Many of us really, honestly thought that it WAS going to be different this time. Obama wasn't enough of a DC insider to fall into the beltway traps -- he showed every indication of doing things HIS way. And in the primary he showed real grit and aggressiveness.

 That's all gone now. He's been getting some horrendous advice from somebody. But ultimately it was Obama's decision to hire these hacks.

 I should have visited Barbara Jordan's gravesite while in Texas, just to see where the last known Democratic vertebra is interred. Guess she'll be retaining that distinction for some more time to come...  

"We judge ourselves by our ideals; others by their actions. It is a great convenience." -- Howard Zinn

This was inevitable (0.00 / 0)
Obama is nothing more than a politician on his way up. Unfortunately for the Democratic Party, he has come too far too fast.

The Republicans aren't wrong in comparing him to a pop star. Is he Justin Timberlake (talented) or Britney Spears (train wreck)?  They think he's the latter. Hillary Clinton wouldn't have had to waste a week traipsing off to Europe. She would have spent her time running for president.  

Dick Cheney ruined this word, but it still has salience: GRAVITAS. Obama doesn't have any. Without it, it's hard for him to find a platform upon which to hit back.

Imagine this scenario (0.00 / 0)

 Obama -- or a surrogate group -- puts out an ad highlighting a couple of McCain's most egregious gaffes. (There are plenty to choose from.)

 Fade to a picture of Bush. "We've already lived though one idiot in the White House."

 And then a dopey picture of McCain. "Can we afford another?"

 An ad like this, three weeks ago, using exactly the word "idiot", WOULD have gotten some free media. Plenty of it.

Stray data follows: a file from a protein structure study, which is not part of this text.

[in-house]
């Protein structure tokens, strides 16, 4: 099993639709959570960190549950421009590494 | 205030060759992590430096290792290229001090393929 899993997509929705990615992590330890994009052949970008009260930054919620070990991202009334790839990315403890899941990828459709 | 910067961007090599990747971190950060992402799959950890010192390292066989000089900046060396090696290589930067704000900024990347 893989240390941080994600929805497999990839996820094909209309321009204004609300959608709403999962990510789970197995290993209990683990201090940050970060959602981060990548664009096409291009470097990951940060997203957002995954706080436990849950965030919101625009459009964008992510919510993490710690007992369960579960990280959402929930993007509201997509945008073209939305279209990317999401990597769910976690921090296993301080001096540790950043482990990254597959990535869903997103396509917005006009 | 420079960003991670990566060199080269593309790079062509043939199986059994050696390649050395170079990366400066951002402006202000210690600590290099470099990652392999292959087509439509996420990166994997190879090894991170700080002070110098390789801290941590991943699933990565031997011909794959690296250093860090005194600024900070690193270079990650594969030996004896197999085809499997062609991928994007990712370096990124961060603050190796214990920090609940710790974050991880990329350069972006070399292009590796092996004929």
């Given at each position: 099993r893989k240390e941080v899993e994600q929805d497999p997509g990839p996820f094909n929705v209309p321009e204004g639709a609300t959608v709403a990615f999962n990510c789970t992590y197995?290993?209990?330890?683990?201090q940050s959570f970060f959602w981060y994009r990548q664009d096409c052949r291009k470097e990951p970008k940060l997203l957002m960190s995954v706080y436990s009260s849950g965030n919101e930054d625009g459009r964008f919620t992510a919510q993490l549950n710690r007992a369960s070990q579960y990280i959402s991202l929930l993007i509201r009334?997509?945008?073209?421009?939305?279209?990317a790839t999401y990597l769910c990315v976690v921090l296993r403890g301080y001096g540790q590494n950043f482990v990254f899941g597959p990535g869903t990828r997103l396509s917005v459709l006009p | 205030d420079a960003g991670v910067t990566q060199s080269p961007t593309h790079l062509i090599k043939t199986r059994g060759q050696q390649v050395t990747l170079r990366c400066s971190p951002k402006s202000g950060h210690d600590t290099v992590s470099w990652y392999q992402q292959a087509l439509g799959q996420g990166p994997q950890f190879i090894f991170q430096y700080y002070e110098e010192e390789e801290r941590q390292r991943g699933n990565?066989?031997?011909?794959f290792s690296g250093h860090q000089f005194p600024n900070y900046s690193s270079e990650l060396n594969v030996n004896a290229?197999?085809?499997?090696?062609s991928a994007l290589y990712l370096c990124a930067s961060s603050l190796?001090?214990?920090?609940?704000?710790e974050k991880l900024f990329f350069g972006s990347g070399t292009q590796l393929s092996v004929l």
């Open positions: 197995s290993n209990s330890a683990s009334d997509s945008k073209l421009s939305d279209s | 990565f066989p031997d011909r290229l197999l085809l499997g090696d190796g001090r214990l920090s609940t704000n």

And the conversation today would be completely different.

 But noooo... too "risky".

 Meanwhile, McCain compares Obama to freaking Britney Spears and Moses -- one after the other -- and doesn't even bat an eye.

 Would Obama prefer to lose an election in order to not buck DC conventional wisdom? Seems like it.  

"We judge ourselves by our ideals; others by their actions. It is a great convenience." -- Howard Zinn

Stupid, not risky (0.00 / 0)
It's not risky, it's stupid to produce ads as you say.  They don't work as you think.  You don't call your opponent an "idiot."  You will never see a TV commercial selling anything saying X sucks.  Negativity does not persuade.   This approach would be a disaster for Obama or any Dem...outside of NYC or SF.

This is not the same as using fear or innuendo as the Republicans do.  

You are dying to smash McCain and feel good about it; you are leading with your emotions.  

And above, you say Obama's message is not coordinated....balderdash.  Certainly legitimate to say it's not contrasting enough; but to say he doesn't have good message discipline makes me think you just want to slam him.  

[ Parent ]
Yes, it is an accident (4.00 / 1)
It's no accident that the only two Democrats to win the Presidency since 1968 were governors who were from small states....

Al Gore won. Bush might have been granted the White House by the Supreme Court, but we all know that Al Gore won.

How could you know what Obama is doing? (4.00 / 1)
I don't know how anyone can know how Obama is reacting or what he is doing as the media is presenting him not through his own words and actions, but through the McCain campaign lens.

What you can do is use whatever clout you have with any producers you know to stop portraying BOTH candidates through others interpretations but rather show the public BOTH candidates own words and interactions with the crowds on the trail.

The contrast would be stark.  It would tell us what the candidates think, say rather than Tucker Bounds opinion.